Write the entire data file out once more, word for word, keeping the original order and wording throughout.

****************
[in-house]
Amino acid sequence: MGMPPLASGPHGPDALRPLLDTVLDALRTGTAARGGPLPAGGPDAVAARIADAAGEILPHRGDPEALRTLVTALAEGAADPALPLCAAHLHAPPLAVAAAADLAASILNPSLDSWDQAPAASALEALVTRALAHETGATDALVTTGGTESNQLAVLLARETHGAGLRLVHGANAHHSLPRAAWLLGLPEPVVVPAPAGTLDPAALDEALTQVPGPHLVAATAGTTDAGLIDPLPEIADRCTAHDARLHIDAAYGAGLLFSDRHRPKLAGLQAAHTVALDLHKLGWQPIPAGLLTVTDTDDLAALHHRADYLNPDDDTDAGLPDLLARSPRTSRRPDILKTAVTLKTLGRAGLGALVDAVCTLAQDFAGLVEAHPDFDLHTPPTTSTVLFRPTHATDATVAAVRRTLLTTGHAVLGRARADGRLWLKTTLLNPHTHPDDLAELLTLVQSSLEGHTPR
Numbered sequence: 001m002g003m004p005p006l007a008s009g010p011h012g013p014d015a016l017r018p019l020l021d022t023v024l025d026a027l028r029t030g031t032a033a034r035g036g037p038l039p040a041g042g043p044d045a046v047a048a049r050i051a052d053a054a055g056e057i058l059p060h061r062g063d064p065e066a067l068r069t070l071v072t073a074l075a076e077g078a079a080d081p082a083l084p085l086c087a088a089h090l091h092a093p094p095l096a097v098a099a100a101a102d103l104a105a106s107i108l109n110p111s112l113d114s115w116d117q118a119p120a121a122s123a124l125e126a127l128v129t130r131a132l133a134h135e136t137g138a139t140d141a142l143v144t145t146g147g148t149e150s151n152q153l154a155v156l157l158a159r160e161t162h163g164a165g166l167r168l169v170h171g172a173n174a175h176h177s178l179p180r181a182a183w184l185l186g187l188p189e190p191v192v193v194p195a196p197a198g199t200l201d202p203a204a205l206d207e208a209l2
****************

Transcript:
[in-house]
Amino acid sequence: MGMPPLASGPHGPDALRPLLDTVLDALRTGTAARGGPLPAGGPDAVAARIADAAGEILPHRGDPEALRTLVTALAEGAADPALPLCAAHLHAPPLAVAAAADLAASILNPSLDSWDQAPAASALEALVTRALAHETGATDALVTTGGTESNQLAVLLARETHGAGLRLVHGANAHHSLPRAAWLLGLPEPVVVPAPAGTLDPAALDEALTQVPGPHLVAATAGTTDAGLIDPLPEIADRCTAHDARLHIDAAYGAGLLFSDRHRPKLAGLQAAHTVALDLHKLGWQPIPAGLLTVTDTDDLAALHHRADYLNPDDDTDAGLPDLLARSPRTSRRPDILKTAVTLKTLGRAGLGALVDAVCTLAQDFAGLVEAHPDFDLHTPPTTSTVLFRPTHATDATVAAVRRTLLTTGHAVLGRARADGRLWLKTTLLNPHTHPDDLAELLTLVQSSLEGHTPR
Numbered sequence: 001m002g003m004p005p006l007a008s009g010p011h012g013p014d015a016l017r018p019l020l021d022t023v024l025d026a027l028r029t030g031t032a033a034r035g036g037p038l039p040a041g042g043p044d045a046v047a048a049r050i051a052d053a054a055g056e057i058l059p060h061r062g063d064p065e066a067l068r069t070l071v072t073a074l075a076e077g078a079a080d081p082a083l084p085l086c087a088a089h090l091h092a093p094p095l096a097v098a099a100a101a102d103l104a105a106s107i108l109n110p111s112l113d114s115w116d117q118a119p120a121a122s123a124l125e126a127l128v129t130r131a132l133a134h135e136t137g138a139t140d141a142l143v144t145t146g147g148t149e150s151n152q153l154a155v156l157l158a159r160e161t162h163g164a165g166l167r168l169v170h171g172a173n174a175h176h177s178l179p180r181a182a183w184l185l186g187l188p189e190p191v192v193v194p195a196p197a198g199t200l201d202p203a204a205l206d207e208a209l2